Over the weekend, a friend of mine asked me for a little advice. She is an extrovert dating a very introverted man and she was looking for some tips of how to negotiate and understand the inevitable conflicts that come about when these two personality types attempt to experience intimacy together.
As a lifelong introvert* who has dated a long chain of extroverts (including my current girlfriend), here are a few tips I’ve discovered for negotiating a shared space between these wildly different yet equally important personality types.
First off: if you’re not already familiar with the term, what is an introvert? In simplest terms, an introvert is a person who recharges their batteries through solitude and/or reflection. A popular misconception is that introverts are shy or dislike people–some do (frankly some extroverts are shy or dislike people, too) but it’s hardly true of all introverts. Many introverts have warm and caring relationships with a multitude of friends, they’ll just need some time to themselves after hanging out with them to recoup. There’s some evidence that what makes an introvert is that a person’s system is constantly flooded with dopamine such that in large social situations they can easily get overstimulated and need some recovery time to get the equilibrium back in their system. Think about how broken down and exhausted you feel after a really, really hard night of partying and realize that an introvert feels that way after most large gatherings. With that in mind, if you are not an introvert, here are a few helpful hints for dating one:
- If you want to know, ask
There’s an old maxim: if you don’t know how an extrovert feels, it’s because you haven’t been listening. If you don’t know how an introvert feels, it’s because you haven’t asked. It may seem bizarre to many extroverts, but you have to ask an introvert to share anything about their emotional state. They think they’re being obnoxious if they share such things without being invited.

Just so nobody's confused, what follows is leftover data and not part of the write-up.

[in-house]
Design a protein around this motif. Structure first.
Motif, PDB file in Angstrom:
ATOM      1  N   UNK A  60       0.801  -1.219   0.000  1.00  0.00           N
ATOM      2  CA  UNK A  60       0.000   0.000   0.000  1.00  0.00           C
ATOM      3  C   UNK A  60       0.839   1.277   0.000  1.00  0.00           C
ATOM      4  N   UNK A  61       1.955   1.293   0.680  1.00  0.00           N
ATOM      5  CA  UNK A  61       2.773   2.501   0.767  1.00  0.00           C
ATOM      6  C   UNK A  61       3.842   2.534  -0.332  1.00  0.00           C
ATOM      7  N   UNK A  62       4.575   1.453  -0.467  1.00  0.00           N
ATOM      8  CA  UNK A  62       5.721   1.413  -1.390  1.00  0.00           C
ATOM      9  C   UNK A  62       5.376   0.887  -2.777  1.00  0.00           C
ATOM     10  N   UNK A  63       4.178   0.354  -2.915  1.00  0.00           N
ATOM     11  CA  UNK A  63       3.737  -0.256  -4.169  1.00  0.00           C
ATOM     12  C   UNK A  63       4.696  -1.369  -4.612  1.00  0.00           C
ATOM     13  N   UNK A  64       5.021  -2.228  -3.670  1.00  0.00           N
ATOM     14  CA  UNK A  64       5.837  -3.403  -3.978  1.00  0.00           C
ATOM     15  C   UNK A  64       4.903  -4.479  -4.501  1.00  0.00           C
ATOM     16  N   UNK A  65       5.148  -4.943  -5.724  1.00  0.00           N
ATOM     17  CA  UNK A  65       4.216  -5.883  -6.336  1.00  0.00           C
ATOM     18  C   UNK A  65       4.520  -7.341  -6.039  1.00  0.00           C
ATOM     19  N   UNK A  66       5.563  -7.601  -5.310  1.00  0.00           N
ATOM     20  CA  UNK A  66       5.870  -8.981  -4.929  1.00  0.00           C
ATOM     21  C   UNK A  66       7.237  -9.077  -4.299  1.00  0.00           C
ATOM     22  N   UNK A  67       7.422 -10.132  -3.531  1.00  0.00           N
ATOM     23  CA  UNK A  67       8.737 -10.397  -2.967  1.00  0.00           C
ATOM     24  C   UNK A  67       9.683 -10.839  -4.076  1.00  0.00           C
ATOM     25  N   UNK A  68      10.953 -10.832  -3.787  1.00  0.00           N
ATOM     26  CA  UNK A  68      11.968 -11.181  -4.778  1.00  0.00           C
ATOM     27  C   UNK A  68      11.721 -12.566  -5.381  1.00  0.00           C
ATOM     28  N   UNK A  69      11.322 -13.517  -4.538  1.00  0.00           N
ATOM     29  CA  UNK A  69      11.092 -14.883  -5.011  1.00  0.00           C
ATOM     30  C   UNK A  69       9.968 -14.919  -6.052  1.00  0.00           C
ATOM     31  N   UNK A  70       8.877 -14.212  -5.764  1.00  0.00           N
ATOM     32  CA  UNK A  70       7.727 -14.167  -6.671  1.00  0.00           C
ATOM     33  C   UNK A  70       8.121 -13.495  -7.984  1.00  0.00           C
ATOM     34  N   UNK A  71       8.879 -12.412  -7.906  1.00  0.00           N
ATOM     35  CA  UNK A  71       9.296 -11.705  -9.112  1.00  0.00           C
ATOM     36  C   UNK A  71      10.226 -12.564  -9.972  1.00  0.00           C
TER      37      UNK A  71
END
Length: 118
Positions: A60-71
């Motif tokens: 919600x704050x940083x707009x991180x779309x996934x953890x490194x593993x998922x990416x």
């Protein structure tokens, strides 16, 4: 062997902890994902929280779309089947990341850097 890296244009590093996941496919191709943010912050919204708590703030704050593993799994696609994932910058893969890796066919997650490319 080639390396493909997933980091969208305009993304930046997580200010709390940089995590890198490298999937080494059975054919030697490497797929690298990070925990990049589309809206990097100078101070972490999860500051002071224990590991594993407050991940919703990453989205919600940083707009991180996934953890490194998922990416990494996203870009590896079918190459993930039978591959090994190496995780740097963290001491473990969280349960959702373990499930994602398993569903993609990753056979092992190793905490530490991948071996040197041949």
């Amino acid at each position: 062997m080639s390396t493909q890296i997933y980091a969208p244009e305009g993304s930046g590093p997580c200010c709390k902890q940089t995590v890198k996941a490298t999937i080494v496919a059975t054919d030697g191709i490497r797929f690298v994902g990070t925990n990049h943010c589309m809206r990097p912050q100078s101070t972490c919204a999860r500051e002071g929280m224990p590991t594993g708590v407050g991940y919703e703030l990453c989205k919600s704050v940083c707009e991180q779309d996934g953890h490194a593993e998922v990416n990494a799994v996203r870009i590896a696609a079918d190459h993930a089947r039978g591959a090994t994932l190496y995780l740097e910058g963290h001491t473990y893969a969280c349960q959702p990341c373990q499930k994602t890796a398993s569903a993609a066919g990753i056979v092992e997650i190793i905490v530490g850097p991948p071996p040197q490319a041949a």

- Schedule important discussions in the near future
Things will come up that you’ll need to discuss with your introvert–important things. Here’s how to bring it up: tell them you’d like to schedule a time to talk about x, y, and z issue and ask them if they’d like to throw anything else on the agenda. Yes, they’ll dislike scheduling important conversations, but they’ll appreciate that they don’t have to go into it unprepared and have some time to think over the items on the list.
- Have patience when checking in
Don’t freak out if they don’t answer your texts in a timely manner. Any and all social interactions drain their batteries, including things as simple as texts and emails. Tell them you don’t always need an immediate answer to a question (unless it is urgent), but would like to know that they received your message. Also: be sparing in your use of phone calls. I know they’re comforting but introverts hate the phone because they don’t know how to process a conversation if they can’t see the person they’re talking to. If it’s just to check in and say hi and that you’re thinking of them, texting or email will usually do fine and you’re more likely to get a response.
- Deep conversations=real connections
You may introduce your introvert to a whole host of people near and dear to you at a gathering. They will not remember a single one of your friends in such a venue–it’s not that they’re ditzy or your friends are unimportant, it’s that without more than a passing conversation they don’t hold onto this information. Schedule a night to have you and your introvert hang out with just two or three of them at a time in an informal setting and your introvert will never forget them as long as they live.